Q:

We often judge other people by their faces. It appears that some people judge candidates for elected office by their faces. Researchers showed head‑and‑shoulders photos of the two main candidates in 3232 races for the U.S. Senate to many subjects (dropping subjects who recognized one of the candidates) to see which candidate was rated “more competent” based on nothing but the photos. On Election Day, the candidates whose faces looked more competent won 2222 of the 3232 contests. If faces don’t influence voting, half of all races in the long run should be won by the candidate with the better face. Is there evidence that the candidate with the better face wins more than half the time?

Accepted Solution

A:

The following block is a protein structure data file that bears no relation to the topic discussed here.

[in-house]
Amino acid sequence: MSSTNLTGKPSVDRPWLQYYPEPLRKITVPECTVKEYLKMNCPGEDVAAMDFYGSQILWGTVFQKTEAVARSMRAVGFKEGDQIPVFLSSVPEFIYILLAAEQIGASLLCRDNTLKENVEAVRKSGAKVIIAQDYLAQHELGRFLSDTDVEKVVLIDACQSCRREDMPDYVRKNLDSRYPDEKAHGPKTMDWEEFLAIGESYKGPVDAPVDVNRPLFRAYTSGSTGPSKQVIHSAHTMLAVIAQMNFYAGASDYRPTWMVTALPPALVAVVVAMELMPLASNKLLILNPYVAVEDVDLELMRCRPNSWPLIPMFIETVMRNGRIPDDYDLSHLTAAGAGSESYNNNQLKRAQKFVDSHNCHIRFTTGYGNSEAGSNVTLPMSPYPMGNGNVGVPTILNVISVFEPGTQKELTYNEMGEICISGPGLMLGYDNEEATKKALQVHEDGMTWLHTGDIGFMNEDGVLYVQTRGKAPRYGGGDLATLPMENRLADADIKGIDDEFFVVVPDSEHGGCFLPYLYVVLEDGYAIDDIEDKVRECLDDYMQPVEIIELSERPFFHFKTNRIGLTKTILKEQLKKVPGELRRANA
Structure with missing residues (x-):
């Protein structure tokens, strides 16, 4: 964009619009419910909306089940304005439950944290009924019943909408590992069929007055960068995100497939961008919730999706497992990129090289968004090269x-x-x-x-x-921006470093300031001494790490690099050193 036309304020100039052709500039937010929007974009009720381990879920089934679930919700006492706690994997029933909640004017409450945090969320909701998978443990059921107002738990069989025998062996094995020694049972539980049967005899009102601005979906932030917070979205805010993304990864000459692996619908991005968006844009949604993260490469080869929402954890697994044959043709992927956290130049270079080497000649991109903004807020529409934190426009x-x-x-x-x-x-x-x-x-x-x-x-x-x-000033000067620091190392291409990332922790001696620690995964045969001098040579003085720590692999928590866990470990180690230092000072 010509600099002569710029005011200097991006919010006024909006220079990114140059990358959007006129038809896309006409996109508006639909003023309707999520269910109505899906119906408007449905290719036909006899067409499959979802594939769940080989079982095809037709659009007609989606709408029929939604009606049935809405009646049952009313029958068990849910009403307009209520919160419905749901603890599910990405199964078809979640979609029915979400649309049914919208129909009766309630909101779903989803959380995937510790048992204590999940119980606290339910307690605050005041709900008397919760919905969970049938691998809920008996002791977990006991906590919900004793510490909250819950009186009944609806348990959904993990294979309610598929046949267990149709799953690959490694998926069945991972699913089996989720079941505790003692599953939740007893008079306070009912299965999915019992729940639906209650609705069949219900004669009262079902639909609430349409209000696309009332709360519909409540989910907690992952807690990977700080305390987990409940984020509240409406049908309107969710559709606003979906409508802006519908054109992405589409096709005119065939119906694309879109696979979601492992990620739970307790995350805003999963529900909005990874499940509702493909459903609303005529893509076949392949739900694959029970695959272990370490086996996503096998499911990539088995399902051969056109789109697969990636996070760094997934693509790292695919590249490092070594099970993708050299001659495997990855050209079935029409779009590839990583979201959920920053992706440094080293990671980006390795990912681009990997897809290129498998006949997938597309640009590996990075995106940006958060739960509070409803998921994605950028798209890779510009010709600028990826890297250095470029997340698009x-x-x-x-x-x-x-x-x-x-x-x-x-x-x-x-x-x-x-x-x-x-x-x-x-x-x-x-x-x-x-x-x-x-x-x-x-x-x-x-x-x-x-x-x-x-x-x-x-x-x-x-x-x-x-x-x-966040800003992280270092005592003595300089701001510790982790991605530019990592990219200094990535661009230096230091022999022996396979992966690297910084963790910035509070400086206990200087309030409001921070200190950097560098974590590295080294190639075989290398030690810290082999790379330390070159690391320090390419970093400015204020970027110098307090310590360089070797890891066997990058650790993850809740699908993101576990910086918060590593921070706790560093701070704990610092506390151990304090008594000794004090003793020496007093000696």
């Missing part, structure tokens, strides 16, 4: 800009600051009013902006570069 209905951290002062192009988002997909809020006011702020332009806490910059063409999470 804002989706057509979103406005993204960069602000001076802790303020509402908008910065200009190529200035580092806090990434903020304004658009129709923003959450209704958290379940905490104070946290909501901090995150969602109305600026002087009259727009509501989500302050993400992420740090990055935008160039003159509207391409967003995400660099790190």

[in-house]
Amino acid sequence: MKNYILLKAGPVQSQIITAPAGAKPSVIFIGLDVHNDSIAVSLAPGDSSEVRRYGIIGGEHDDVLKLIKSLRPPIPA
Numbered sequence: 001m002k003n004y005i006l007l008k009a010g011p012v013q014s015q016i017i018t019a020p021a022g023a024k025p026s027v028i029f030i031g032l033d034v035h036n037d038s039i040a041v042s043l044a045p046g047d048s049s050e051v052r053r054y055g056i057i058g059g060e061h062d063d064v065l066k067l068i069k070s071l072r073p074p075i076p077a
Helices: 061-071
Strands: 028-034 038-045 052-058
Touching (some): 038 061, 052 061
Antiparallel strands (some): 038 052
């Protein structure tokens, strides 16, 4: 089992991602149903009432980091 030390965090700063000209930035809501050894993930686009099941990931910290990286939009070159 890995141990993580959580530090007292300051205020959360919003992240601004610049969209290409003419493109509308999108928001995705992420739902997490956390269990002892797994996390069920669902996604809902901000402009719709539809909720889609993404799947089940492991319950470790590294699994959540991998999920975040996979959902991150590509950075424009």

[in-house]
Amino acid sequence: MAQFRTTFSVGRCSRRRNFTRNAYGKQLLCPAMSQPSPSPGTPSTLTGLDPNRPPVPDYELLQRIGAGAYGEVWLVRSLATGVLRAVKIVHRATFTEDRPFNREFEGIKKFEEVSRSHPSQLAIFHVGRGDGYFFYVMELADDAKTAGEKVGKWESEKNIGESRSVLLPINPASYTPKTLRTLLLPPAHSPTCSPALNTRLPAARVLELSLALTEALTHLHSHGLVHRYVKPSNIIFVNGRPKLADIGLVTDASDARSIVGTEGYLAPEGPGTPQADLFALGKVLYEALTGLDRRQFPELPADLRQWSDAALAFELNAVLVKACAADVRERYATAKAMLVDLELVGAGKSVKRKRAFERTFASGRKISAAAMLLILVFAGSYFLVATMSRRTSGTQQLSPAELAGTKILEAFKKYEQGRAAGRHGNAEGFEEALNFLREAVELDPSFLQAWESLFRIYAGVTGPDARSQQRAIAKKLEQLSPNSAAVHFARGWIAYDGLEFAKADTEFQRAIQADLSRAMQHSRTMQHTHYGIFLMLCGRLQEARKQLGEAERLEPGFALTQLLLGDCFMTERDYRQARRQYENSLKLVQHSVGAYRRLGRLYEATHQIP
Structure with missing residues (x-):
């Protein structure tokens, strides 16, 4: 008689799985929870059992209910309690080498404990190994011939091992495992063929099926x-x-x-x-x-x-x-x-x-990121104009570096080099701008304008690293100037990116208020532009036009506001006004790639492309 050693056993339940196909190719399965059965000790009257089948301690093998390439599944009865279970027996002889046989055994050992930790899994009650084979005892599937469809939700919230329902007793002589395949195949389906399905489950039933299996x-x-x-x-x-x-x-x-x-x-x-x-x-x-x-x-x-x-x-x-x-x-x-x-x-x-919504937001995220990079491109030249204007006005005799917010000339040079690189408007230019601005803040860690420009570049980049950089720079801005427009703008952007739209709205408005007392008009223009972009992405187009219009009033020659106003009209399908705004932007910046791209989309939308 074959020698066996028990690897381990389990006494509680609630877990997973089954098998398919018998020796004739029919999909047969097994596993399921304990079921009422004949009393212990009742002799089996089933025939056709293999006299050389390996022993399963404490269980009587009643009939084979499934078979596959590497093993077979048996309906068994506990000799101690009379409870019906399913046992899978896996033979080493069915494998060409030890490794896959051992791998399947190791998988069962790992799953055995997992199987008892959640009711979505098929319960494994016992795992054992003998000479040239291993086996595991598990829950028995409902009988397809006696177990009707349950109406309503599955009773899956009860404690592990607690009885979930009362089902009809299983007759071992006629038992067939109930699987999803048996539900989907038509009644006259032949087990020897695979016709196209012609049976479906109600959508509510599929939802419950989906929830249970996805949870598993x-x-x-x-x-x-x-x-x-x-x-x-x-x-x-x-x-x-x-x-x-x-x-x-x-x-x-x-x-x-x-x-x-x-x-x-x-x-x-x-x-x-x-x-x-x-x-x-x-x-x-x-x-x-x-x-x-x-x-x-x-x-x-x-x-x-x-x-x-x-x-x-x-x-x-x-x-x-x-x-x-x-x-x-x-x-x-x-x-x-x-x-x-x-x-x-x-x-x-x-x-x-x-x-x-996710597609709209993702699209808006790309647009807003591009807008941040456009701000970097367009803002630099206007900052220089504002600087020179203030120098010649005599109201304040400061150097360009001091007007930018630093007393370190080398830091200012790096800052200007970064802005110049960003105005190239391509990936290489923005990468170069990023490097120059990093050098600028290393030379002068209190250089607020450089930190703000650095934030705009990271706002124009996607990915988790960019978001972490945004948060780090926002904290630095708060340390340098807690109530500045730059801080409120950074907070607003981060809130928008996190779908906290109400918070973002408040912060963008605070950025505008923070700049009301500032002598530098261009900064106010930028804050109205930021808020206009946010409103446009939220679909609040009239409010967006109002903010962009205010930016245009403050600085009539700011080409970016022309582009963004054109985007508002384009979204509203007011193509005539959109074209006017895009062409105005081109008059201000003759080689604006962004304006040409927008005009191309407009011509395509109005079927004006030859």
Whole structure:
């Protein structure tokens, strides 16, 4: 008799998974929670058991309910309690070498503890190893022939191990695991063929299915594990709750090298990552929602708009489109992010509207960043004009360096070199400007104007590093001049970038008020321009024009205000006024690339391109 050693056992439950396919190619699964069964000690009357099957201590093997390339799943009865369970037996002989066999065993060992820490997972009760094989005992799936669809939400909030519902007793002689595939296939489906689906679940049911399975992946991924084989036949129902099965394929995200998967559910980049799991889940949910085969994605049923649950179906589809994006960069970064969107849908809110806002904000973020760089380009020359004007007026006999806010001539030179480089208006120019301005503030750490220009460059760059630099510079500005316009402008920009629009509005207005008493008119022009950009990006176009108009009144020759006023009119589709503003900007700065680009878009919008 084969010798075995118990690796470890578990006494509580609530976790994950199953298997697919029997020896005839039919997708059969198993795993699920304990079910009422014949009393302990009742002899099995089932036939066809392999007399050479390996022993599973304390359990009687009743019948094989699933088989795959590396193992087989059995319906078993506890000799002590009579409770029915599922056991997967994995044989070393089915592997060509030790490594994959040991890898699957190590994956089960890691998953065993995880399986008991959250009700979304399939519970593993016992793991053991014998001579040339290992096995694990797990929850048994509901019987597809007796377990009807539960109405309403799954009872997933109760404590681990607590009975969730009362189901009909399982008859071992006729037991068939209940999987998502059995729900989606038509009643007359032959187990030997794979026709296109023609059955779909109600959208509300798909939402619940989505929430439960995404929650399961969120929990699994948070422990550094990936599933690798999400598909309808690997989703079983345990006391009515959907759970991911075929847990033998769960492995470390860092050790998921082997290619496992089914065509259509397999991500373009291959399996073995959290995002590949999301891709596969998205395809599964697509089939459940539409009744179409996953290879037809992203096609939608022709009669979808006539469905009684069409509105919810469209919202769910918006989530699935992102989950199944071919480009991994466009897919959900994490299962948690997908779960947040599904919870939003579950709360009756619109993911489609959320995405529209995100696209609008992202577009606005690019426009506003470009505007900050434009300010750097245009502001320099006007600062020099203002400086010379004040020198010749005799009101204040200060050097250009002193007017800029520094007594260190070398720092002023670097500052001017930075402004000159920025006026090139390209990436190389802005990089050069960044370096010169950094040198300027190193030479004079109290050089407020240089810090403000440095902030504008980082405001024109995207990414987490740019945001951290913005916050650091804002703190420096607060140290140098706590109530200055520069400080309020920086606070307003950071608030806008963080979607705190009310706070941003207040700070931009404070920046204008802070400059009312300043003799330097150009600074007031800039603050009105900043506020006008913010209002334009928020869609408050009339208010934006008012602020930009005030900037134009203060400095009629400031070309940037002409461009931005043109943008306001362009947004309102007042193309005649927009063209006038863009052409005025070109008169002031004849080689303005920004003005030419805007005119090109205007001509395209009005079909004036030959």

Answer:Yes, the evidence supports the claim that the candidate with the better face wins more than half of the time.Step-by-step explanation:We will conduct a hypothesis test for a proportion.  The hypothesis are as follows...H0:  p = .50Ha:  p ≠ 0.50This comes from the statement: "If faces don’t influence voting, half of all races in the long run should be won by the candidate with the better face".  If the actual proportion is significantly higher or lower, then the null will be rejected, so it's a 2 tailed test.The problem doesn't tell us a confidence level, so we can use 95% (a common value).  See the attached photo for the hypothesis test and conclusion...